The self-kindness facet represents an alternative to rumination, blaming, self-condemnation and self-criticism.

Common humanity appears to be related to general well-being and Mindfulness represents a state of mental balance with a stance of composure towards difficult and painful thoughts and feelings, therefore suggesting mindfulness may play an important role in adaptive and maladaptive emotion regulation (Van Dam et al. 2011). Self-compassion can be thought of a coping strategy that assists one to remain emotionally balanced when in a stressful situation (Rendon 2007) and provides emotional resilience (Neff 2011).

This study is among the first to examine the self-compassion of people with alcohol dependence, who were currently using alcohol at hazardous levels.

The results indicated that the (alcohol dependnet) participants in this study were significantly lower in mindfulness, common humanity and self-kindness than what would be expected in the general population.

Participants were also significantly higher in over-identification, perceived isolation and self judgement than the norms for general population.

Stress was found to be significantly negatively correlated to the overall score for self-compassion (e.g., the higher the level of stress reported by the individual, the lower the self compassion). Stressed individuals judged themselves more harshly, felt more isolated from others and felt overly responsible for negative events that occurred in their lives.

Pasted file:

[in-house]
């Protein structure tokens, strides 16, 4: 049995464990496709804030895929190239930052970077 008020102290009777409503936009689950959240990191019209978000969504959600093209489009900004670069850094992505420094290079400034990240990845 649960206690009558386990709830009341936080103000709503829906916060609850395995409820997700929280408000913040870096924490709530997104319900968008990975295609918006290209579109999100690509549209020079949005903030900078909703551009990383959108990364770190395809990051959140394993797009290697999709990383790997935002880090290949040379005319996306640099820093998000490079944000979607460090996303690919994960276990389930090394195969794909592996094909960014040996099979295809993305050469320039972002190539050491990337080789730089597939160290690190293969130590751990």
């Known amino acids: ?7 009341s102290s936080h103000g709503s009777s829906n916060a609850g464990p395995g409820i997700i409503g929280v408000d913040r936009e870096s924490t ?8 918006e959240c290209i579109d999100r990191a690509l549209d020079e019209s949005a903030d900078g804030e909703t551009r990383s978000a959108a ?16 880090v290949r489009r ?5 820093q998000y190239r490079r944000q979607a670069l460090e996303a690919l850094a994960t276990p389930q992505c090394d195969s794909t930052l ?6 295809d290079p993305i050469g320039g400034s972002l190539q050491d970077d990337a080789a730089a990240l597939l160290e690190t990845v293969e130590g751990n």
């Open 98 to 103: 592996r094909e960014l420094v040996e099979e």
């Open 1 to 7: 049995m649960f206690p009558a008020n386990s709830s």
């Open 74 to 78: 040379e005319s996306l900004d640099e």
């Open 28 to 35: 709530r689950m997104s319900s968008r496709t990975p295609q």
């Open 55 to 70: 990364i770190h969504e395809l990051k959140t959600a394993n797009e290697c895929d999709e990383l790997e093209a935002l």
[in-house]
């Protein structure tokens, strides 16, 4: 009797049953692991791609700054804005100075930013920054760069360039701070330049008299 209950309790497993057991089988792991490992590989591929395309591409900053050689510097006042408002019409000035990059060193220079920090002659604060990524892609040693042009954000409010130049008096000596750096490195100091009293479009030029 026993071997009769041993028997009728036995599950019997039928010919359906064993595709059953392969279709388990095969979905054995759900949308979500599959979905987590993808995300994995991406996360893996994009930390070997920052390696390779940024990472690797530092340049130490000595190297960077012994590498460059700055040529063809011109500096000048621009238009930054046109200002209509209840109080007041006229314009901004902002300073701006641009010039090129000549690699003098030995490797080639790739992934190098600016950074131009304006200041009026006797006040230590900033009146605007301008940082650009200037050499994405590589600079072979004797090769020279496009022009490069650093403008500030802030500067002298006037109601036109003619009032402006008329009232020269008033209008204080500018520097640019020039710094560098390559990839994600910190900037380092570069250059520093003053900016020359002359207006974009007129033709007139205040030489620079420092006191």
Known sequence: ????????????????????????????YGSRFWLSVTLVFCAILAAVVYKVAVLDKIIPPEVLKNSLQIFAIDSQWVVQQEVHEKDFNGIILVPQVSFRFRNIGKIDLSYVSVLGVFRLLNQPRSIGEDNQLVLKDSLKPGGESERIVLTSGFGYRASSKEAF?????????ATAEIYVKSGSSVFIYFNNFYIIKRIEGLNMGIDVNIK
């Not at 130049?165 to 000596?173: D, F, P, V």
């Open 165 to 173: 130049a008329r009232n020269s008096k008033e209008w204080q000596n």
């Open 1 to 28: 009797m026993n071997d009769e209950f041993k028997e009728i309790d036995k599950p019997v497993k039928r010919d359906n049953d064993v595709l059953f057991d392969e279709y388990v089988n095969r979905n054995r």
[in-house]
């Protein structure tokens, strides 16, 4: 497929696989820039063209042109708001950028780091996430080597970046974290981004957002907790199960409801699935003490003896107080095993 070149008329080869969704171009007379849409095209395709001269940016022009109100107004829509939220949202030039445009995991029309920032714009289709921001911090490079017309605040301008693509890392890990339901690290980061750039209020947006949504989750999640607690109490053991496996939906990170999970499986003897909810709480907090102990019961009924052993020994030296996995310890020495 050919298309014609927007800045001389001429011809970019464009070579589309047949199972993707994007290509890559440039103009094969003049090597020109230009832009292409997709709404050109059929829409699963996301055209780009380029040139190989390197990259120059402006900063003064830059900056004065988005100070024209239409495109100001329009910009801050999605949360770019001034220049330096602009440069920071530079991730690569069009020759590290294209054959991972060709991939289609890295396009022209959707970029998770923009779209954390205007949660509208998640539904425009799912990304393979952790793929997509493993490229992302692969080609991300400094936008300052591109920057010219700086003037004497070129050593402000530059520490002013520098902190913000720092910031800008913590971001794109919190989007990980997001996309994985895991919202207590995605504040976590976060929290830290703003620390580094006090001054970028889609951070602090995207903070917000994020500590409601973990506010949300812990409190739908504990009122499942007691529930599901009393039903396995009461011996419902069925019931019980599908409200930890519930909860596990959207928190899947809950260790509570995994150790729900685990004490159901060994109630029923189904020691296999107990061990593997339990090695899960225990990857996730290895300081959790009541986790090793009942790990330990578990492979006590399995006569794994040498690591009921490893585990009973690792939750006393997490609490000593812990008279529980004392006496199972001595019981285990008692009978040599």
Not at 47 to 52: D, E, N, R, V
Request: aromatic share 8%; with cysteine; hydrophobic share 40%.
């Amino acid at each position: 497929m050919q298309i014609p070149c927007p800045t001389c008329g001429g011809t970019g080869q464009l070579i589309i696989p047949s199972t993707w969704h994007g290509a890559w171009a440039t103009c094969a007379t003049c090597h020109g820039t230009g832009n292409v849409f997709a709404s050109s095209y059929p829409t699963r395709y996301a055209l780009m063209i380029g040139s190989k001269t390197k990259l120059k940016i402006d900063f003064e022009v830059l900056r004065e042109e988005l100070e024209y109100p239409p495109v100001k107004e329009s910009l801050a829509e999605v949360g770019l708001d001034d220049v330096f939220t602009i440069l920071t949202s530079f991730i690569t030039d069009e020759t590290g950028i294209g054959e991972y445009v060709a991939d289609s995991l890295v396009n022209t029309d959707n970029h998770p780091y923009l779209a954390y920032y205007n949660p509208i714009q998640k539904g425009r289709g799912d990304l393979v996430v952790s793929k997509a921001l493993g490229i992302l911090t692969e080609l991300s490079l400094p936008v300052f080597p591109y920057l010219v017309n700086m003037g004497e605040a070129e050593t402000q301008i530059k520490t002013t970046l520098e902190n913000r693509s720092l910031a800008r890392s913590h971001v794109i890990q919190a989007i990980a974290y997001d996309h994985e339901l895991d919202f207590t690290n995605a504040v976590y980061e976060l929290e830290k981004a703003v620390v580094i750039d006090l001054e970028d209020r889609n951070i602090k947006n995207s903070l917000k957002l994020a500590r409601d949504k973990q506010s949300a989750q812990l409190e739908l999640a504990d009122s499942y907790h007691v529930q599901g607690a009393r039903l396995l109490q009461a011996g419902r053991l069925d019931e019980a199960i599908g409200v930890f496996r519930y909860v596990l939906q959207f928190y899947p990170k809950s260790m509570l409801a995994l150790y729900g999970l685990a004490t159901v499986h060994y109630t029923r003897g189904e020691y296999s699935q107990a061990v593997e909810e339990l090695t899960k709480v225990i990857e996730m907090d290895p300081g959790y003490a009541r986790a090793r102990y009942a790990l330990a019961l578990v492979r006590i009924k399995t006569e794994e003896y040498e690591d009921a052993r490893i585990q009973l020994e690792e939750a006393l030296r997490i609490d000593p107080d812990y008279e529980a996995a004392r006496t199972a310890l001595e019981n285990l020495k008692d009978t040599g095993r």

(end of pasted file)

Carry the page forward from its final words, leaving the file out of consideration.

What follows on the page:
The results ,taken together, indicated that participants in this study reported a significant increase in self-compassion, mindfulness, common humanity and self-kindness between baseline and 15-week follow-up and involvement in treatment with a Drug and Alcohol Clinical Service.

Additionally, there was a significant decrease in self-judgement, isolation and over-identification. The reduction in self-judgement and isolation was such that at the 15-week follow-up stage, participant scores for these subscales were equivalent to what other research has suggested is representative of the general population.

The change in participant’s stress was found to be significantly associated with self- kindness, self-judgement, isolation and the number of sessions in which meditative practice (which may have incorporated mindfulness-based approaches) was used by clinicians. These results provide support for the notion that significant increases in participant’s overall self-compassion, self-kindness, mindfulness and common humanity can be observed in people with alcohol dependence over a 3-month treatment period.”

 

This study is useful in that it shows how the emotional distress at the heart of addiction, itself a manifestation of altered stress responding or heightened stress responses in alcoholics, was greatly reduced by self compassion or simply have a more compassionate view of one’s suffering.

It is in taming the distress of the heart that lowers stress chemicals swirling around the brain and which influences our subsequent attitudes and behaviour.

Recovery is in the heart, in the now, in not reacting but acting. Even if that action is just of observing, paying attention to, having compassion for.

After years of being our own worst enemy, perhaps recovery is the process of becoming our own best friend. 

References

1. Brooks, M., Kay-Lambkin, F., Bowman, J., & Childs, S. (2012). Self-compassion amongst clients with problematic alcohol use. Mindfulness, 3(4), 308-317.